“I transitioned back when I was a teenager, ten years ago when I was Fifteen,” she admitted. “I came out to my parents and I saw psychiatrists, all that stuff. I was able to graduate high school as a girl and I had surgery on my eighteenth birthday. I’ve only ever competed on the pro circuit as a girl. Hell, I only ever rode a mountain bike since I transitioned. Now? I can’t compete at all.”

“They said you can race in the open class… but we don’t have that category for downhill do we?” Amélie grimaced as she realized the technicality. “It would be ridiculous to have you racing against the men. They would destroy you, they destroy even my times.”

“I couldn’t do it, even if I could keep up with them Amé, it would be humiliating. Everyone would know about me; I’d be a joke.” Alex sighed. “Amélie, I don’t have the size, or muscle to compete with the men. I don’t even have an advantage over the other girls. You, Marie, Sarah, and Jo beat the crap out of me on power and endurance most times out. The assholes out there that hate us claim with no medical experience whatsoever that I’ve got bigger and stronger bones than you, that my muscle is just… better.”

Amélie chuckled, “You might be slower, but you are a rabbit when it comes to technique, it makes up I think.”

Alex grinned, a sliver of happiness showing through her sadness for a brief time at the woman’s respect.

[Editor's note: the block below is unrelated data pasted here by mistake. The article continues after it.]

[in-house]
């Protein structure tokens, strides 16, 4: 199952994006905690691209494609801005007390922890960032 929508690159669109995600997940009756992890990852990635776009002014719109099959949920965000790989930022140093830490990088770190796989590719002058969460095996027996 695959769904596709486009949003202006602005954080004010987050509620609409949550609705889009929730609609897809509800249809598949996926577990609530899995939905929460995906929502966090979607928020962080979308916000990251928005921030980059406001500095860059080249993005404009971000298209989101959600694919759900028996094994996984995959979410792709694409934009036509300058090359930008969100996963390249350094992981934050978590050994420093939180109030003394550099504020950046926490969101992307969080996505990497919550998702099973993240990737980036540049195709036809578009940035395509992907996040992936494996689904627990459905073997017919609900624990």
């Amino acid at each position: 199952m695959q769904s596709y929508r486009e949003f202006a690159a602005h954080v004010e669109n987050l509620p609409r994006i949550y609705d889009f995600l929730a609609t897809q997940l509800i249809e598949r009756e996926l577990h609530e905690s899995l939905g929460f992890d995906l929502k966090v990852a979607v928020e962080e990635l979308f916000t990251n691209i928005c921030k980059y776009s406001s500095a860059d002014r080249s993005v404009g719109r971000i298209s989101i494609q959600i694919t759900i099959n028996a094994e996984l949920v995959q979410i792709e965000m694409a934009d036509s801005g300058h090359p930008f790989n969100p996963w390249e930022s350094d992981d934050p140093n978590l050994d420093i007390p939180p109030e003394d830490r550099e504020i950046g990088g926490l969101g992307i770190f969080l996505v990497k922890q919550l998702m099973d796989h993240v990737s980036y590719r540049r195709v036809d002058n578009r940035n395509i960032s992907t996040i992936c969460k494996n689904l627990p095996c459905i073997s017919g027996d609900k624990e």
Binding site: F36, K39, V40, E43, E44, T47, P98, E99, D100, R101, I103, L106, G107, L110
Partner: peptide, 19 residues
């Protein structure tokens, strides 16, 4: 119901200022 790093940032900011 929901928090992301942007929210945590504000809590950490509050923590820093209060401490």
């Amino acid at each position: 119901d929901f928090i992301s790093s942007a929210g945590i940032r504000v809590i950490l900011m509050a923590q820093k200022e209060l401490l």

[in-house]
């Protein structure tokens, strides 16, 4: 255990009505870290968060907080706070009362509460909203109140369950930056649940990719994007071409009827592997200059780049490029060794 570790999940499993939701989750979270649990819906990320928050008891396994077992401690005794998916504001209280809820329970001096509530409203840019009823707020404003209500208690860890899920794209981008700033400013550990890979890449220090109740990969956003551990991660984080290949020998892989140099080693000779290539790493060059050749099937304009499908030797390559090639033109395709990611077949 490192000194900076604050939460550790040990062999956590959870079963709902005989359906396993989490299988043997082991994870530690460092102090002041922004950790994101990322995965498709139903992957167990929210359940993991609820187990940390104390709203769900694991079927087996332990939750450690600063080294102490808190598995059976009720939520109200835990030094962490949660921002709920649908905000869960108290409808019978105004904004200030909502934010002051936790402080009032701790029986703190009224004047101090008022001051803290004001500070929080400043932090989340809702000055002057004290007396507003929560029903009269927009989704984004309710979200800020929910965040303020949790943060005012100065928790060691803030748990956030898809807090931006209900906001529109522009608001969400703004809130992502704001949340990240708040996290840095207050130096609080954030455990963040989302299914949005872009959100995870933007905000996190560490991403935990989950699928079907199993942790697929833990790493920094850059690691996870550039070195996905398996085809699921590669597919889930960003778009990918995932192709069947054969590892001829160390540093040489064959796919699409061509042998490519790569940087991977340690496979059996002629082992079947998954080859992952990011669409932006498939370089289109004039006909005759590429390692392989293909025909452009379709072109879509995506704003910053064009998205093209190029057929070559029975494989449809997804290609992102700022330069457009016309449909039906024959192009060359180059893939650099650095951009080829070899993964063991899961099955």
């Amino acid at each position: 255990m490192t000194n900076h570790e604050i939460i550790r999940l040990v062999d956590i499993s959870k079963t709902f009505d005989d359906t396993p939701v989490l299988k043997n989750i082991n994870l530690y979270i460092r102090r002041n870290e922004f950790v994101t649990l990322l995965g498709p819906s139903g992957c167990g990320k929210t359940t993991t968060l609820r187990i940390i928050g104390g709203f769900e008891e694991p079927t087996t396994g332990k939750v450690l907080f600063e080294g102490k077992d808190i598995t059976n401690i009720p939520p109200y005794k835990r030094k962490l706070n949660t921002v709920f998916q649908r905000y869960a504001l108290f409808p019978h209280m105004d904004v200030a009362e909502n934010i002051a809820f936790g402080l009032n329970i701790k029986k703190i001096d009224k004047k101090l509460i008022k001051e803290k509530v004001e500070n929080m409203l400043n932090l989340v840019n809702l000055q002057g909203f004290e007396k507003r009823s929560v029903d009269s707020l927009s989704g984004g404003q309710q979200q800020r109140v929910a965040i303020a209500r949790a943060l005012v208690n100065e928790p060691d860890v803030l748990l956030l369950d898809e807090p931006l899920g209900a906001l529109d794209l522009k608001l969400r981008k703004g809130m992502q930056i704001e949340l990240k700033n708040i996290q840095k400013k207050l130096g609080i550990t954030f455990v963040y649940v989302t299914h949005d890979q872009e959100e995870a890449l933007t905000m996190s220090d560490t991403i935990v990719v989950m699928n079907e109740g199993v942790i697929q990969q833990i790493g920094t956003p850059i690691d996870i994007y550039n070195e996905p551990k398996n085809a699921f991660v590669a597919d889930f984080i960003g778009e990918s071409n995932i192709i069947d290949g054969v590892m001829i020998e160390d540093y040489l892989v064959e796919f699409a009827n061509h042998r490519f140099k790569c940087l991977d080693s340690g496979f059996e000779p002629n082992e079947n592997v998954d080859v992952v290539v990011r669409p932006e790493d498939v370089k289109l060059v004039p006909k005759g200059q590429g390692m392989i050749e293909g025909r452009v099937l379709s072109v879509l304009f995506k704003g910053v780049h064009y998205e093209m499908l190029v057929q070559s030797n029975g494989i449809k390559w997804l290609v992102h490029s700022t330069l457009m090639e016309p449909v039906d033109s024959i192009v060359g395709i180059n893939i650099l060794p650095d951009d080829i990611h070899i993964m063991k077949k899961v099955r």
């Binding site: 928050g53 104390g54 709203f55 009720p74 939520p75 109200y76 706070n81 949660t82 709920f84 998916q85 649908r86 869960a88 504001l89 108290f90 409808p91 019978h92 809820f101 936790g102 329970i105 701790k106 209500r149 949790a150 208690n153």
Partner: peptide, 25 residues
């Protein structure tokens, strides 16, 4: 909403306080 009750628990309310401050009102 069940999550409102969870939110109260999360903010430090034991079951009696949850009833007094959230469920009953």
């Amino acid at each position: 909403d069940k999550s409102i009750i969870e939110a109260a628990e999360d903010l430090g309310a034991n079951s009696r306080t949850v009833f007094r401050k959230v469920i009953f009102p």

“They say it’s all in the name of fairness for women’s sports. According to them, it’s not fair that I compete with you because of some arbitrary fact that some people might have an advantage. That some person might decide to compete with the boys for years then just drop of the hat switch to our series and kick our asses.”

Amélie looked at her friend sitting beside her. Alex stood close to her own five foot six and her trim athletic figure was plain to see through her shorts and tank top. The girl looked almost exactly the same as she did when she wasn’t wearing armor under her shorts and jersey. “It seems unfair to treat it as a blanket ban. To force you to race openly if you want a chance at all is cruel. I should think this is your business and nobody else's.” Amélie thought about Alex’s last words and chuckled, “You said come in and kick our asses.”
Alex shrugged, “Yeah, it’s our series, I can’t think of myself as anything but female these days.”

Amélie nodded and smiled, “Even now Chére, I don’t see you otherwise.”

“You’re not mad that I never told you?”

Amélie shook her head. “Non, no Alex, I am not. This is your private business and not mine. All I see before me is a pretty lady and a bitch to try and beat down the hill. You’re clearly not into this to sneak a look at my boobies if that boy toy of yours is anything to go by.” she chuckled. “He knows, yes?”

Alex nodded, “yeah, he’s known since we met. I was very lucky to find someone so understanding. He's my everything.”

“Then why not continue to race and screw them? They don’t have to know.”